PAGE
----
First came Transformers, Tron, The A-Team, Clash of the Titans, and The Karate Kid, to name just a few, and now Hollywood has re-opened the 80s vault again with a remake of pop culture classic Footloose.
For a 12-year-old girl in 1984 it was all about Kevin Bacon as he danced his way to superstardom to an annoyingly catchy tune by Kenny Loggins.
Director Craig Brewer (Hustle and Flow and Black Snake Moan) has stayed true to the essence of the original. But Footloose in 2011 is for a new generation who would be surprised to learn Kevin Bacon can dance. Four songs from the original soundtrack make the cut, re-recorded - Footloose, Holding Out for a Hero, Let's Hear It for the Boy and Almost Paradise.
Brewer worked with original writer Dean Pitchford and the story is very similar, although he has moved the location from Utah to Tennessee. There's still plenty of line dancing and country music, but Brewer has also injected much needed street cred by adding hip-hop music and moves. The wardrobe, somewhat reassuringly, remains appalling.
Taking centre stage is newcomer Kenny Wormald as Ren McCormack, a rebellious city boy who arrives in a small, old-fashioned, religious town to find teenagers have a curfew and it's against the law to play loud music or dance in public. Outraged his right to dance has been taken away, and encouraged by Ariel (Hough), his love interest and the troubled daughter of the local Reverend (Quaid), he fights the local council for the right to hold a senior prom.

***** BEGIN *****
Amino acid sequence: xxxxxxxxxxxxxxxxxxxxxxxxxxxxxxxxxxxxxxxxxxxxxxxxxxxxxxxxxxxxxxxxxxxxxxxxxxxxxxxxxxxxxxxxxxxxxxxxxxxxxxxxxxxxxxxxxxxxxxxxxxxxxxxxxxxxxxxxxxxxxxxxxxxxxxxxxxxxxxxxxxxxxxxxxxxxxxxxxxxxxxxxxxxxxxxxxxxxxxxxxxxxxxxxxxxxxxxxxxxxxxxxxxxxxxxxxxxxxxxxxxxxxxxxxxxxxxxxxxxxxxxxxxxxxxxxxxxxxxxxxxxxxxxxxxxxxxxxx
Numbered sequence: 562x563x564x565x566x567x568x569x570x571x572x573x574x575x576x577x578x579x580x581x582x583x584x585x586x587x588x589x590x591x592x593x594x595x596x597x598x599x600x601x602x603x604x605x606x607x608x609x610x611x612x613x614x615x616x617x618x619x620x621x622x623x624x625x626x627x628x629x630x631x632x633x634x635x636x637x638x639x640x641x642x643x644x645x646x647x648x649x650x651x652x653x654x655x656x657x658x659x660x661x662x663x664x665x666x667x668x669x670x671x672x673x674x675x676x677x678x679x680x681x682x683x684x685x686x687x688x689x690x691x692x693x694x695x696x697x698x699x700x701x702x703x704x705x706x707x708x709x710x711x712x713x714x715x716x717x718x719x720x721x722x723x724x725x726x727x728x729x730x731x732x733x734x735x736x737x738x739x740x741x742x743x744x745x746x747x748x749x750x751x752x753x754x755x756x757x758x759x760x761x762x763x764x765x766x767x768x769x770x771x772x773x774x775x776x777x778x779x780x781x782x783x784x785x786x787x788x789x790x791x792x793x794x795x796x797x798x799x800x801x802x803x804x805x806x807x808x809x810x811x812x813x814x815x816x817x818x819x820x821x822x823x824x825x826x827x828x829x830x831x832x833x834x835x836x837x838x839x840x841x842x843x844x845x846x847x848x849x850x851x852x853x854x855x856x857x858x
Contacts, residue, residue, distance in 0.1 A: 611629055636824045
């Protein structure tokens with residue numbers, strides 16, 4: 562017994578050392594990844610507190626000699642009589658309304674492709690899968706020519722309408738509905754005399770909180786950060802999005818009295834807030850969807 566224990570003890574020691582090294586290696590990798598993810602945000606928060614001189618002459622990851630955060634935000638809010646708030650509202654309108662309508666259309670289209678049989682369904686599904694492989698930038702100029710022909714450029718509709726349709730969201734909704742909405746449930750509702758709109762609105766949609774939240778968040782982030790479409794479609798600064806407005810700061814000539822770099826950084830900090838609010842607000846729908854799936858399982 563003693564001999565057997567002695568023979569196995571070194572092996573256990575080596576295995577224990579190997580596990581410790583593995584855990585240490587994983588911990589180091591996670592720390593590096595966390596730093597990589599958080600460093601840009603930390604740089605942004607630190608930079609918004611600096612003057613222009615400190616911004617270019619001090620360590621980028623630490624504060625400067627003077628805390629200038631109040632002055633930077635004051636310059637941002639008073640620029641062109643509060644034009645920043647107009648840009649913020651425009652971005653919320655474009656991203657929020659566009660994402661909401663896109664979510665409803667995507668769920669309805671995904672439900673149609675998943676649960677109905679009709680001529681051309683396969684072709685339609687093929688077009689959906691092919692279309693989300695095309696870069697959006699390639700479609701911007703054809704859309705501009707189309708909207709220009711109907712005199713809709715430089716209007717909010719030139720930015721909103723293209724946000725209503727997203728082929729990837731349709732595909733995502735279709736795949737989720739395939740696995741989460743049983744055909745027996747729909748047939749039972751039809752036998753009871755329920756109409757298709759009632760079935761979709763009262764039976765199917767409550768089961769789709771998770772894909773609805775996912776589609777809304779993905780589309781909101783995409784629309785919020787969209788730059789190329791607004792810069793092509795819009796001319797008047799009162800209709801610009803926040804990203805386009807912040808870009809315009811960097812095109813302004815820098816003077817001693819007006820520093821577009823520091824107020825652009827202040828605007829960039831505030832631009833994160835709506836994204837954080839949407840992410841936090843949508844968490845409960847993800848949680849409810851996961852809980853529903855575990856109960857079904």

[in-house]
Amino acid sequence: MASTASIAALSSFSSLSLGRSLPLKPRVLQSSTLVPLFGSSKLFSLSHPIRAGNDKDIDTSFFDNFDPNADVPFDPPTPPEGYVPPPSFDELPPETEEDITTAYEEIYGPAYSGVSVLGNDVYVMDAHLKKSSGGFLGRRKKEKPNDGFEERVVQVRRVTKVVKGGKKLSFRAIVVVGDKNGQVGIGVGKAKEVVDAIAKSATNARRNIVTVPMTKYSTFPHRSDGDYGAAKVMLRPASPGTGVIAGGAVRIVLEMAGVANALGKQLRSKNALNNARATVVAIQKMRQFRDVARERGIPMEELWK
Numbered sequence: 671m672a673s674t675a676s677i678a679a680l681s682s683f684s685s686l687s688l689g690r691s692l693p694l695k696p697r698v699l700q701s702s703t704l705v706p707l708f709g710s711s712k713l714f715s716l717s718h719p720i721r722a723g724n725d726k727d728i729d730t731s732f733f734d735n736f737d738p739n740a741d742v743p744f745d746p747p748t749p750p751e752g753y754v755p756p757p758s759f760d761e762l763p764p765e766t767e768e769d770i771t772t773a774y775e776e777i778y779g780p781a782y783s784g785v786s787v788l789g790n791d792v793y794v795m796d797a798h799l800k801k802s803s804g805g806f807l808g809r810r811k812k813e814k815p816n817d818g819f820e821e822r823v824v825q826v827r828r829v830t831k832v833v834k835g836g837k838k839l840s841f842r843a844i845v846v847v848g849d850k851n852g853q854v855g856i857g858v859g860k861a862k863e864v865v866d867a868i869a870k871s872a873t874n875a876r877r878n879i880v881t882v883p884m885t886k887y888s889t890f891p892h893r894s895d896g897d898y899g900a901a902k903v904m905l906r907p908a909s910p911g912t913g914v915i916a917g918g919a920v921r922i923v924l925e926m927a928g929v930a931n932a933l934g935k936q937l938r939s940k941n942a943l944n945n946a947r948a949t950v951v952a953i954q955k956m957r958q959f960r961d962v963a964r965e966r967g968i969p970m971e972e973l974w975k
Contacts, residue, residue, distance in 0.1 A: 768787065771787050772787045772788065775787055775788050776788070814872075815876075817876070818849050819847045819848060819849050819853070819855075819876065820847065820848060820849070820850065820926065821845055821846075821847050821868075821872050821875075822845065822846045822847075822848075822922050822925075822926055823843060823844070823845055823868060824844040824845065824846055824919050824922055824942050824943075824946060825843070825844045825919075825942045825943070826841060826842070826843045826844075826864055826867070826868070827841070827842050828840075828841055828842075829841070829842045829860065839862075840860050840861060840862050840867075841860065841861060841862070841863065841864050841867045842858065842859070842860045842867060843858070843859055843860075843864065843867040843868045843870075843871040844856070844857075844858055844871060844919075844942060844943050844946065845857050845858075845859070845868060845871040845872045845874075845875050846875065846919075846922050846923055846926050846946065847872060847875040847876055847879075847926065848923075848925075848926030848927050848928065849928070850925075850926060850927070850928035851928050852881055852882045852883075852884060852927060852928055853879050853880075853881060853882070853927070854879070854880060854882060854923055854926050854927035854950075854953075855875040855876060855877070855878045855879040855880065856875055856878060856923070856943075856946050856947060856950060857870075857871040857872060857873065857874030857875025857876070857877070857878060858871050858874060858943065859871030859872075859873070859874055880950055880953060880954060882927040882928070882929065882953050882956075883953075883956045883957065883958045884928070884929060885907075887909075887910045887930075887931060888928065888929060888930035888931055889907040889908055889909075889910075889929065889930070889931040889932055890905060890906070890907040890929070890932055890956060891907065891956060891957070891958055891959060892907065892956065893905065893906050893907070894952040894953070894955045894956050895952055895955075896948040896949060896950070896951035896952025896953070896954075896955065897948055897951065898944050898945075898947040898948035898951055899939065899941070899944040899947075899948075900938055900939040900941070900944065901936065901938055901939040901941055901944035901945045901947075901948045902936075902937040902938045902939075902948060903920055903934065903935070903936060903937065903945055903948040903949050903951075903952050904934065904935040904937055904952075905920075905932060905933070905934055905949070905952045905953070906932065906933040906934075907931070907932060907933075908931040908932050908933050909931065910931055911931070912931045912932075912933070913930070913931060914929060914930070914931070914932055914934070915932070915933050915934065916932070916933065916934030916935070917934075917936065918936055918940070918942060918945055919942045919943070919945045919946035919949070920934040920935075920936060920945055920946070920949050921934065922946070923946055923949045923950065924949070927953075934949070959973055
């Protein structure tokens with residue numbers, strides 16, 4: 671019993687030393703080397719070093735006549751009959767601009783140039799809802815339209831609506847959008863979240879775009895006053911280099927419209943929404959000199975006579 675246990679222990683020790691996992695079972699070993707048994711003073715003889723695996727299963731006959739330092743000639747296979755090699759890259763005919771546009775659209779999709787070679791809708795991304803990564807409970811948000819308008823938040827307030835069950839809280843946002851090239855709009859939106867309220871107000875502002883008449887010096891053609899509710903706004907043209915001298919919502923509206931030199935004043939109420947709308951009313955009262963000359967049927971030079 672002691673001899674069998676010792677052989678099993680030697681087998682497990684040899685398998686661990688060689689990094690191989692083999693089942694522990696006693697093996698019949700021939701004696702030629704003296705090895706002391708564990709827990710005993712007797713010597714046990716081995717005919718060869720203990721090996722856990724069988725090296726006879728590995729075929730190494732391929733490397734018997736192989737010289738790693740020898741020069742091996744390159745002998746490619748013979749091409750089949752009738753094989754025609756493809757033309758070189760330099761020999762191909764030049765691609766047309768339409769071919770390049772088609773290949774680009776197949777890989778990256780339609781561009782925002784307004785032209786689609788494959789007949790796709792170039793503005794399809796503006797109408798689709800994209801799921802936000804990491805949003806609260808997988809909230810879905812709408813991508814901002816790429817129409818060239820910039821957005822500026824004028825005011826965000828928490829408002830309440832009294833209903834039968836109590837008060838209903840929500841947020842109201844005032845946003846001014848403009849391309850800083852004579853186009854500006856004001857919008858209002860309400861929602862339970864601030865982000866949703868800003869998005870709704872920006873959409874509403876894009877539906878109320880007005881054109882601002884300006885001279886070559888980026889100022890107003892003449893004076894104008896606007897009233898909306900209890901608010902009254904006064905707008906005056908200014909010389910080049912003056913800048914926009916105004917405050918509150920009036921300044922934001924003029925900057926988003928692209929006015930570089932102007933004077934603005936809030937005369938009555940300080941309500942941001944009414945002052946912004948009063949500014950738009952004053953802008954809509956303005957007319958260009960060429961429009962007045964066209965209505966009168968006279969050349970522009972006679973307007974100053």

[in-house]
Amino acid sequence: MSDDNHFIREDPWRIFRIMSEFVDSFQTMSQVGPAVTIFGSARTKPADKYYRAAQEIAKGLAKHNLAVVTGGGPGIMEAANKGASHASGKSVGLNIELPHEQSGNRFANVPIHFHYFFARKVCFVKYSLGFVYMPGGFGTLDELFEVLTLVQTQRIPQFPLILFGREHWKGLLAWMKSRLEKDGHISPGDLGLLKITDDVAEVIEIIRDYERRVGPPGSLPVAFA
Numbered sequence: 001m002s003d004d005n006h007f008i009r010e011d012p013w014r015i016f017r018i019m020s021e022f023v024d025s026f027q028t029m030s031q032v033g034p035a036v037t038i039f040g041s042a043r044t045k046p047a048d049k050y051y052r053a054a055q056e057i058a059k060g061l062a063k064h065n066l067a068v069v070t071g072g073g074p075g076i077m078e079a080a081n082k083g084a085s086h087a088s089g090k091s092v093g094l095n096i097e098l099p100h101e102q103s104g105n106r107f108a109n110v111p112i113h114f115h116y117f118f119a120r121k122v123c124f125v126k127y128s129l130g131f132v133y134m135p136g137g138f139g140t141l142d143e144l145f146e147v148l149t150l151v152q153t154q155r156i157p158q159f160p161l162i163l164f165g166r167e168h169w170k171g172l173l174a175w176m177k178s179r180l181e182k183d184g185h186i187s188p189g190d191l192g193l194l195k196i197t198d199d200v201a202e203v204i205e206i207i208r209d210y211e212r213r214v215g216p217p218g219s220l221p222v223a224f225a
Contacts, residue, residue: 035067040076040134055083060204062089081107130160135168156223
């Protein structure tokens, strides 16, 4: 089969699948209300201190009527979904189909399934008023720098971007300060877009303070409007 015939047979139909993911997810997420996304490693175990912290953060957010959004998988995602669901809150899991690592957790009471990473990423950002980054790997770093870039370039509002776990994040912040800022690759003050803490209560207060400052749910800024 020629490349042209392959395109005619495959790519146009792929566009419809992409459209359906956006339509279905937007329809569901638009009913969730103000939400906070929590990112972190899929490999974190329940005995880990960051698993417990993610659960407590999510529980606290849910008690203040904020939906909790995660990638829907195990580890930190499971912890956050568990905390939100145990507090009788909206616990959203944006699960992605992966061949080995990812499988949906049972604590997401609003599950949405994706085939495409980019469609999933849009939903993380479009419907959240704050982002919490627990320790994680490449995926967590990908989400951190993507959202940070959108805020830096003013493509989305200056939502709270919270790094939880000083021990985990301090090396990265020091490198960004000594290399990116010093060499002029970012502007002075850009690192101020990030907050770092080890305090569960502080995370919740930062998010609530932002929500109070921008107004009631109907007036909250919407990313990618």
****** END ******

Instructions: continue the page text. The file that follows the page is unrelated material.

Both Wormald and Hough put in a spirited effort, but just as Chris Penn did in the original, Miles Teller (Rabbit Hole) almost upstages everyone as Ren's funny sidekick, Willard. It's the only light relief in a drama which is more about a community dealing with death and the associated grief than I remembered. More of the amusing and feel-good moments would have been appreciated.
As would more of the electric dancing scenes. With cliched teenage angst and overly protective parents to navigate, the pace of the story ebbs and flows. But Brewer's dynamic and upbeat dance scenes bring it storming back to life. These scenes are well integrated into the story, even managing to keep Ren's solo dance number in an abandoned warehouse from appearing too corny.
Brewer has stamped his own mark on this film while remaining faithful to the original. While he works hard to engage us in the deeper matters impacting on this small community Footloose works best when it focuses on what its characters really want, and that's just to have fun.
Cast: Kenny Wormald, Julianne Hough and Dennis Quaid
Director: Craig Brewer
Running Time: 116 mins
Rating: M (violence & sexual references)
Verdict: Film does a good job introducing this cheesy, toe-tapping story to a new generation.